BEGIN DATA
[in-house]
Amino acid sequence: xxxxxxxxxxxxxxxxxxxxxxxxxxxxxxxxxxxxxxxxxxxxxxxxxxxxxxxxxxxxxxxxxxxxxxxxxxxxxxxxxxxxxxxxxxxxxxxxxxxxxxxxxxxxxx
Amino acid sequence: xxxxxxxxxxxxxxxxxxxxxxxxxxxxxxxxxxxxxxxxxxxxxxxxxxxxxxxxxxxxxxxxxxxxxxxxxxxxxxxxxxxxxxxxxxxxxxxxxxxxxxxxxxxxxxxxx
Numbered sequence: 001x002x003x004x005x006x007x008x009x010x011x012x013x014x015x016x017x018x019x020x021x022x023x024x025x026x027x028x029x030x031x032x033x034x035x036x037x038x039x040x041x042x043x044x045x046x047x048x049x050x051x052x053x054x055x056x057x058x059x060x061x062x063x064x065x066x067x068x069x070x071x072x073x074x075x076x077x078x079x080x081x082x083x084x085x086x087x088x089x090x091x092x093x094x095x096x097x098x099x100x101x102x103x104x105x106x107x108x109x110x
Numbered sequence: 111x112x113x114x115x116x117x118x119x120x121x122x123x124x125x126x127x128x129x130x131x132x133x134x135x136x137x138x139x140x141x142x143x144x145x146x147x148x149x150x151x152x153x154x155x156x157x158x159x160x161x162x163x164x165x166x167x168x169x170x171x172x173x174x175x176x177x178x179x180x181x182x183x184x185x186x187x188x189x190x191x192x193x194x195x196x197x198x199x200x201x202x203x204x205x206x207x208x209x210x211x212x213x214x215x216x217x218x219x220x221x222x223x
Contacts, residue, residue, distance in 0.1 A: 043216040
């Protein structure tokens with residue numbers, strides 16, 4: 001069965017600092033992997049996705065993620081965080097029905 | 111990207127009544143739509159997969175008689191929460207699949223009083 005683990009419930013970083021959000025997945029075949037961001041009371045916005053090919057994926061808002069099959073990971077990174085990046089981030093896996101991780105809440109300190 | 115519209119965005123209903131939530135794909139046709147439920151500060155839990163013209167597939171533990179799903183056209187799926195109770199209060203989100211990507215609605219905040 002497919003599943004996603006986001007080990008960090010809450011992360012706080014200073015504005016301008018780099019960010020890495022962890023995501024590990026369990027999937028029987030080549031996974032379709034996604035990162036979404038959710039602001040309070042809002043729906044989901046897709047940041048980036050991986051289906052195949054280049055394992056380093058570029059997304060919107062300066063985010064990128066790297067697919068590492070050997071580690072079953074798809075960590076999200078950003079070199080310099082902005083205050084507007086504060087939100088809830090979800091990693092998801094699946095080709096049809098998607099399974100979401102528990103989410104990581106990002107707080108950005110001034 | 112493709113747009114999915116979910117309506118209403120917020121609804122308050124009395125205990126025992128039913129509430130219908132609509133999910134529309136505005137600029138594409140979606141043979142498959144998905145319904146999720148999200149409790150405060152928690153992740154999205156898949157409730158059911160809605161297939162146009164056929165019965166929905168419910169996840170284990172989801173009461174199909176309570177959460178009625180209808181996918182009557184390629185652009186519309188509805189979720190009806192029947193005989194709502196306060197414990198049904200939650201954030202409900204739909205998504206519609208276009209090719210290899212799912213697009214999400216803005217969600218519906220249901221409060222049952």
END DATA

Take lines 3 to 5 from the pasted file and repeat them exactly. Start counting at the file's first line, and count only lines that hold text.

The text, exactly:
Amino acid sequence: xxxxxxxxxxxxxxxxxxxxxxxxxxxxxxxxxxxxxxxxxxxxxxxxxxxxxxxxxxxxxxxxxxxxxxxxxxxxxxxxxxxxxxxxxxxxxxxxxxxxxxxxxxxxxxxxx
Numbered sequence: 001x002x003x004x005x006x007x008x009x010x011x012x013x014x015x016x017x018x019x020x021x022x023x024x025x026x027x028x029x030x031x032x033x034x035x036x037x038x039x040x041x042x043x044x045x046x047x048x049x050x051x052x053x054x055x056x057x058x059x060x061x062x063x064x065x066x067x068x069x070x071x072x073x074x075x076x077x078x079x080x081x082x083x084x085x086x087x088x089x090x091x092x093x094x095x096x097x098x099x100x101x102x103x104x105x106x107x108x109x110x
Numbered sequence: 111x112x113x114x115x116x117x118x119x120x121x122x123x124x125x126x127x128x129x130x131x132x133x134x135x136x137x138x139x140x141x142x143x144x145x146x147x148x149x150x151x152x153x154x155x156x157x158x159x160x161x162x163x164x165x166x167x168x169x170x171x172x173x174x175x176x177x178x179x180x181x182x183x184x185x186x187x188x189x190x191x192x193x194x195x196x197x198x199x200x201x202x203x204x205x206x207x208x209x210x211x212x213x214x215x216x217x218x219x220x221x222x223x